Vehicles powered by gasoline and diesel give off air pollutants and gases such as oxides of carbon, nitrogen and sulphur, hydrocarbons and soot. These pollutants affect the quality of the air we breathe, our health, crop yields and even the global climate.

Hydrocarbons and oxides of nitrogen react in sunlight to form ground-level ozone, better known as smog. Smog is a major health hazard responsible for respiratory ailments and other illnesses. Oxides of sulphur and nitrogen combine with water vapour to form acid rain, which damages our lakes, forests and crops.

Global warming is the result of too much carbon dioxide and other gases trapping heat in our atmosphere. Global warming could cause average temperatures to rise, causing droughts, crop failures, lower water levels and more frequent and severe storms.

A car gives off less carbon dioxide than a larger vehicle, such as an airplane, truck, bus or train, does. However, because so many people own cars and drive them so often, cars are responsible for nearly half the carbon dioxide produced by all forms of transportation. Vehicles that carry large numbers of passengers, such as buses, produce less carbon dioxide per passenger than cars.

As a driver, you can help to protect the environment from the harmful effects of driving by following these suggestions. Many of them can also save you money. For further information visit the Fleetsmart website.

Before you drive

  • Plan ahead. Combine several errands into one trip.
  • Avoid driving during rush hours. Driving in off-peak times takes less time, uses less fuel and releases fewer emissions.
  • Pay attention to smog alerts. It is especially important to follow these suggestions on days when smog is bad.
  • For short trips, consider walking or cycling.
  • For longer trips, public transit is an environmentally friendly alternative to driving alone.
  • Carpool whenever possible. If you want to meet at a central location, there are free carpool lots in many parts of the province.

While driving

  • Avoid starting your vehicle unnecessarily. A large burst of pollutants is emitted when a cold engine is started.
  • Turn off your vehicle if parked more than 10 seconds. Even in cold weather, vehicle engines warm up within 30 seconds.
  • Obey the speed limits. Driving at high speed uses more fuel and increases your chances of a serious collision.
  • On the freeway, use your vehicle’s overdrive gear and cruise control for better fuel efficiency.
  • Remove unnecessary weight from your vehicle, such as heavy baggage, wet snow and winter sand or salt.
  • Maintain your vehicle’s aerodynamics. Remove roof racks and compartments when not in use. At high speeds, use your vents instead of opening the windows.
  • Use your vehicle’s air conditioning wisely. Use your windows and vents in city and stop-and-go traffic. At high speeds, using your air conditioning is usually more fuel efficient than opening your windows and reducing the vehicle’s aerodynamics.
  • Don't “top-off” the tank when refueling. Spilled fuel releases harmful vapours.

At the garage

  • Regular maintenance will keep your vehicle running at maximum efficien­cy, reducing the fuel you need to buy and the pollutants your vehicle emits.
  • Keep your vehicle’s engine well tuned. Worn spark plugs, dragging brakes, low transmission fluid or a transmission not going into high gear can increase fuel consumption substantially.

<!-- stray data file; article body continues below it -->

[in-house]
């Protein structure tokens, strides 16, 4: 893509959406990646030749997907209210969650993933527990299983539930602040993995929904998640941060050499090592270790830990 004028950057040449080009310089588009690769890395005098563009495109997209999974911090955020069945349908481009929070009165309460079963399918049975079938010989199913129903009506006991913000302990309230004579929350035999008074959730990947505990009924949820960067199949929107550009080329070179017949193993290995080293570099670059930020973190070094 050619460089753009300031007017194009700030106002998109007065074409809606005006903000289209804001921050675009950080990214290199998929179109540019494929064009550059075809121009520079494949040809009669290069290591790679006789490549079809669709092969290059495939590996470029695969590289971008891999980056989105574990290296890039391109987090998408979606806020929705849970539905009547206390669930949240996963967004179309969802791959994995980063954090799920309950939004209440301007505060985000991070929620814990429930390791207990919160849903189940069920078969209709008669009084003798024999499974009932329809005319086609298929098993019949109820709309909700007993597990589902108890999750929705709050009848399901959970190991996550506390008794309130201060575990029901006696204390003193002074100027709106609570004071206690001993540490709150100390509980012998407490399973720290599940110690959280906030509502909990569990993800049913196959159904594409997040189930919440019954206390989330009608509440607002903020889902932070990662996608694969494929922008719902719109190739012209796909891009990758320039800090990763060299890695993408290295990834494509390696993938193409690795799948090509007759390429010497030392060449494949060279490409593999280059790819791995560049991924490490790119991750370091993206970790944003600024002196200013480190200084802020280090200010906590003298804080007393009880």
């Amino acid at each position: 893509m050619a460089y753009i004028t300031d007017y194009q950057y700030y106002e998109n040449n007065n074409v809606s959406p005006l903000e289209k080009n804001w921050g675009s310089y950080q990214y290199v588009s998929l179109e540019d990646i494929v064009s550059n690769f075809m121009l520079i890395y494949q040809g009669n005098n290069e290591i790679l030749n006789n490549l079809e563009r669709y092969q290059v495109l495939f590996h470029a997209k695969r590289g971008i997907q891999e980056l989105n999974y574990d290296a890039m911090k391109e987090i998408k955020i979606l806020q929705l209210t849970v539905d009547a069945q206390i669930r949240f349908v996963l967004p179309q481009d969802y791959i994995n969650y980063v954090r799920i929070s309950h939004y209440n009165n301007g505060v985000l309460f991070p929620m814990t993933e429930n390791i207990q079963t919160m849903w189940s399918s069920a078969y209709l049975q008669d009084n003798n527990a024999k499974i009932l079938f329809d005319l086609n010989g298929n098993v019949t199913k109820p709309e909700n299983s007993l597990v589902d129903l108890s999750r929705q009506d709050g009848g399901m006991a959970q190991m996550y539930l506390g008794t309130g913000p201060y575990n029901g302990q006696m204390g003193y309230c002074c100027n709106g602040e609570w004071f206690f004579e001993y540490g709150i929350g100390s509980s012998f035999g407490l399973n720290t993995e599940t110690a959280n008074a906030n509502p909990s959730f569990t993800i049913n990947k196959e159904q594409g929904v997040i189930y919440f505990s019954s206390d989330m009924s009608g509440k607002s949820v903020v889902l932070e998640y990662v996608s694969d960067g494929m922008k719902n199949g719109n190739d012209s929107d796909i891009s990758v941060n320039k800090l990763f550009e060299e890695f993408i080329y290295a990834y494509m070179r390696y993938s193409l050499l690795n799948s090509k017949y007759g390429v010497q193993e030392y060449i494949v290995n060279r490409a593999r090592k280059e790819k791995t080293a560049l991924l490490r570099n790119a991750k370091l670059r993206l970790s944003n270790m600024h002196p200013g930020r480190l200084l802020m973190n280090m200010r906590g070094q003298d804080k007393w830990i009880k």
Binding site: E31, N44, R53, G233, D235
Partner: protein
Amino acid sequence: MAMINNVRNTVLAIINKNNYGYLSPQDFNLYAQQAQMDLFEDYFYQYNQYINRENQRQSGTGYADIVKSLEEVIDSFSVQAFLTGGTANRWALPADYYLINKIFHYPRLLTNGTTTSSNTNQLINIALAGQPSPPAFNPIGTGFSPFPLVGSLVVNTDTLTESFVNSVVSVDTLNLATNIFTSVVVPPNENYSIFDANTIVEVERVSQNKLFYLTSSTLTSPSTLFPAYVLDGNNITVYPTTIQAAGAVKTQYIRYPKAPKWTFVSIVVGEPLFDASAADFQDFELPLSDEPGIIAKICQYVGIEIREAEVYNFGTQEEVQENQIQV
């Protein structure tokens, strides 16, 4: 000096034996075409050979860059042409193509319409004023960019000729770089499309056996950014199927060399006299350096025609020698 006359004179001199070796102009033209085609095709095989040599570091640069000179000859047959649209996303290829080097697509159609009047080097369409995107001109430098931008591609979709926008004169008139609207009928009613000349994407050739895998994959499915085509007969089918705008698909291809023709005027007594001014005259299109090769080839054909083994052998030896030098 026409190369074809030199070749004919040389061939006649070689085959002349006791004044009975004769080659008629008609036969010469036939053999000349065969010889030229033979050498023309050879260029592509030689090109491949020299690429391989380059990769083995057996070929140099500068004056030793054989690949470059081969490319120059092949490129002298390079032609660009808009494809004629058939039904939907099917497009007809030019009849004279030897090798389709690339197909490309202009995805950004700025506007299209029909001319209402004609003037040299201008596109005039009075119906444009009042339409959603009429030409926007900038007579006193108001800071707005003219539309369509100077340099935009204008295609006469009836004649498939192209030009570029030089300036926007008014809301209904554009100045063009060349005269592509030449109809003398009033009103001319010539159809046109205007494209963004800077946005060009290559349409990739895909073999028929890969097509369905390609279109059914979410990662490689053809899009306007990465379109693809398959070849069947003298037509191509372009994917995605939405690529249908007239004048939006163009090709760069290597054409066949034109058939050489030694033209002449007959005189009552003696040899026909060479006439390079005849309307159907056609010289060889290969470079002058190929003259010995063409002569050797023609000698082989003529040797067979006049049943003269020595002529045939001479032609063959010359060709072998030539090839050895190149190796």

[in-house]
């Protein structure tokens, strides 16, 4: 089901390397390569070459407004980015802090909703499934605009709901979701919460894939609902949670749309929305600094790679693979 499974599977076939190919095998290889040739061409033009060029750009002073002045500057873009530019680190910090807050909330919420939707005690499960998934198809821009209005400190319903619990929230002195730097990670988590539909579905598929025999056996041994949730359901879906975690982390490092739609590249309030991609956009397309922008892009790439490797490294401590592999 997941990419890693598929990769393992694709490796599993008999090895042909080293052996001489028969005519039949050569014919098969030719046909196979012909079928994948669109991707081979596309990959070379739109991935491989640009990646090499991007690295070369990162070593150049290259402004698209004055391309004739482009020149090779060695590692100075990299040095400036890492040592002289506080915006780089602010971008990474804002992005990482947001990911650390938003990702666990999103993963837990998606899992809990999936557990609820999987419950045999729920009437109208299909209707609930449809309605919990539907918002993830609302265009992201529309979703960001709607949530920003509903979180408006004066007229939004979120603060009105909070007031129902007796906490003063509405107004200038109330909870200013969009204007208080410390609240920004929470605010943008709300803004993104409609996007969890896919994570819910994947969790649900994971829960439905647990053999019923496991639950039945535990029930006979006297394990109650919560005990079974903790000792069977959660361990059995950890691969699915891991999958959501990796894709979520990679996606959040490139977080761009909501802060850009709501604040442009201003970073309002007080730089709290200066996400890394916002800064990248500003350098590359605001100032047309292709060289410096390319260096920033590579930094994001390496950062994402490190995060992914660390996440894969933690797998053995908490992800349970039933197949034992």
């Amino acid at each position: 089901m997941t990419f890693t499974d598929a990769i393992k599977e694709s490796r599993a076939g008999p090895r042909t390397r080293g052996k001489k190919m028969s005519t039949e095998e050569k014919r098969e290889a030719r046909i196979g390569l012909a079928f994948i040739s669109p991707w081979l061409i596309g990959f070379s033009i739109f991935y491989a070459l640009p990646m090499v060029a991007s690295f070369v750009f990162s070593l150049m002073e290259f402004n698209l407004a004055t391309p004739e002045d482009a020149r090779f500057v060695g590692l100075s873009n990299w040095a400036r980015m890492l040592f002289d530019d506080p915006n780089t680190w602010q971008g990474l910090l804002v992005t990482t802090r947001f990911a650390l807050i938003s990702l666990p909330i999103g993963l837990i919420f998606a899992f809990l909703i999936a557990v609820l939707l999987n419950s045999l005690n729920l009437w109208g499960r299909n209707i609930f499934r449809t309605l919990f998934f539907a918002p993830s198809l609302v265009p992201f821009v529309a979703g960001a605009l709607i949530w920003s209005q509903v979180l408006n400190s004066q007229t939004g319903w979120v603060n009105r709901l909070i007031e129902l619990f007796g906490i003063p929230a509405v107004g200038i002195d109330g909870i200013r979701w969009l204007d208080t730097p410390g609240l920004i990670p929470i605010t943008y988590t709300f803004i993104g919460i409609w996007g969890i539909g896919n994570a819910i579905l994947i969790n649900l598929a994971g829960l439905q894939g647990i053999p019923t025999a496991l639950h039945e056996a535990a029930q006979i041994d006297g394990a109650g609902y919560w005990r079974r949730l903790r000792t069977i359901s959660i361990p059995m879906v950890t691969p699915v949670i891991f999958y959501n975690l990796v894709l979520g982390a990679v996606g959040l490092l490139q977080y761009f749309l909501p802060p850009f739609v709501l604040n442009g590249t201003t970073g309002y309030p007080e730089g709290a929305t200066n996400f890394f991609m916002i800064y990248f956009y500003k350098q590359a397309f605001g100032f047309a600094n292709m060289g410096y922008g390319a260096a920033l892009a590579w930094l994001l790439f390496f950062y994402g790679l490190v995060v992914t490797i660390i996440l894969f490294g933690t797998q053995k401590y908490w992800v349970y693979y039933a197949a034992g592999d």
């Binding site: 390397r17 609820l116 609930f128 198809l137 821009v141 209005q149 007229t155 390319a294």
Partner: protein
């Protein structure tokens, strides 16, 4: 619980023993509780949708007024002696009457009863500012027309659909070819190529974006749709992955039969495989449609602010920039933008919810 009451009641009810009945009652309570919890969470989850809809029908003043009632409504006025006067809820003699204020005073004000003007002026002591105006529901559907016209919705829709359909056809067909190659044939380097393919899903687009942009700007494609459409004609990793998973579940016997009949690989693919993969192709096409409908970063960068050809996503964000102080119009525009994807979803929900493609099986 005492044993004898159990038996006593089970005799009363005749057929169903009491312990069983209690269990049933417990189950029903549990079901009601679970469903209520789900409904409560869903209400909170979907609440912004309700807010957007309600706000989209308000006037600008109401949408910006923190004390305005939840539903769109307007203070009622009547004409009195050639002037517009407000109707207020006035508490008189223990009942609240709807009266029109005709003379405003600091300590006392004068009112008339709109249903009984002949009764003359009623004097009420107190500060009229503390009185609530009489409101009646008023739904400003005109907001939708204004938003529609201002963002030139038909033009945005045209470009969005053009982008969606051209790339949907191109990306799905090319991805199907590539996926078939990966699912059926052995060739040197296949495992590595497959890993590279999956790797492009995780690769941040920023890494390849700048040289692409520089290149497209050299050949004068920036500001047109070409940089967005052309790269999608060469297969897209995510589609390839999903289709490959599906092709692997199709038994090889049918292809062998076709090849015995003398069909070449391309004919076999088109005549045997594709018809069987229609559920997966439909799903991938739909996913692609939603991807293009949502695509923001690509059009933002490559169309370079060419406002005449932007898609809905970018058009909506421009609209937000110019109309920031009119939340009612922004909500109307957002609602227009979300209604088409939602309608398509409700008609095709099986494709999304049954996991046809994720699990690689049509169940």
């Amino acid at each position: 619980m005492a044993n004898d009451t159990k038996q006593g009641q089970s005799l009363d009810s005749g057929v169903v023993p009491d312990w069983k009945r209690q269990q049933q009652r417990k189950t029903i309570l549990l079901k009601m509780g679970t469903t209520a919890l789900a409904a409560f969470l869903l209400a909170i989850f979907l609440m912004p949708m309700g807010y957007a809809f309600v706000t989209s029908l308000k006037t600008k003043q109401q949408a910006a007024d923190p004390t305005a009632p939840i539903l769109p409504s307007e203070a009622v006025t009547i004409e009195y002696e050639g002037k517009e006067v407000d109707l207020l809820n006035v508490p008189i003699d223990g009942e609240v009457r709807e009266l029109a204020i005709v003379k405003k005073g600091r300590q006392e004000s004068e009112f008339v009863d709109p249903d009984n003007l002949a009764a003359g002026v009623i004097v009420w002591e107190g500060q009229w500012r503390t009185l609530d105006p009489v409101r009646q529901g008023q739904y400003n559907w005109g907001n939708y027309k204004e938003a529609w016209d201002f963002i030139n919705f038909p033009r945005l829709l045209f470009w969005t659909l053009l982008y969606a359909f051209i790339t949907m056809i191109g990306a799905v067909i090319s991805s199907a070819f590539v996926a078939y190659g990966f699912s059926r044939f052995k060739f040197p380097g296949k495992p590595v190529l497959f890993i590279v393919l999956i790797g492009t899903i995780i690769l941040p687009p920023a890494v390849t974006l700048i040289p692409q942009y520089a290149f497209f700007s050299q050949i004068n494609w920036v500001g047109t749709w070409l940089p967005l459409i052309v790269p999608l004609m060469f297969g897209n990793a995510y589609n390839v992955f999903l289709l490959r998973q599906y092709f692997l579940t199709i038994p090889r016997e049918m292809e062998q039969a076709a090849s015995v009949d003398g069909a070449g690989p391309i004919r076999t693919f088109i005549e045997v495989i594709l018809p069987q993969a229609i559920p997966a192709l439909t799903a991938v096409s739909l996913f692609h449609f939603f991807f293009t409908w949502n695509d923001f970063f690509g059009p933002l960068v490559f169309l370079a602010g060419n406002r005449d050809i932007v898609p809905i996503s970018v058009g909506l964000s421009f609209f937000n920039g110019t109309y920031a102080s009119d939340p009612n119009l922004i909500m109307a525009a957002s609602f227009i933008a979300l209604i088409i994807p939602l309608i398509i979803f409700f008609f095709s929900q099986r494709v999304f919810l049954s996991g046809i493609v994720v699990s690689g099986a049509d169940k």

• Follow the recommended maintenance schedule in your vehicle owner’s manual to maximize fuel efficiency.
  • Have any fluid leaks checked by a specialist to avoid engine damage and harming the environment.
  • Keep your tires properly inflated to reduce your fuel bill, emissions and tire wear.
  • Have your vehicle’s alignment checked regularly to reduce uneven tire wear and fuel consumption.

(For more information on driving efficiently, see the section on maintaining your vehicle).

Drivers are reminded that many collisions occur when the driving environment is less than optimal. Whether driving at night, during times of reduced visibility or when road conditions are wet and slippery, drivers are encouraged to use the appropriate safe-driving tips provided in this handbook.

10 ways you can help make Ontario’s roads the safest in North America

  1. Don't drink and drive. Don't drive when you're taking medication that will affect your driving.
  2. Always wear your seatbelt and make sure passengers are using the appropriate child car seat,booster seat or seatbelt.
  3. Obey the speed limits. Slow down when road and weather conditions are poor.
  4. Don't take risks: don't cut people off in traffic, make sudden lane changes or run yellow lights.
  5. Don't drive when you're tired, upset or sick.
  6. If you're in doubt, let the other driver go first - yield the right-of-way.
  7. Keep at least a two-second space between your vehicle and the one ahead. To check your distance: start counting when the vehicle ahead passes a fixed object, stop counting when your vehicle reaches the same spot.
  8. Cut the distractions: don't overcrowd the vehicle or play loud music.
  9. Always check your blind spot: look in your mirror and over your shoulder before you change lanes.
  10. Check traffic in all directions, including any sidewalks and paths/trails, before entering an intersection.


By the end of this section, you should know:

  • How passenger vehicles affect the environment
  • Ways to reduce the amount you drive
  • Ways to conserve fuel and reduce emissions when you drive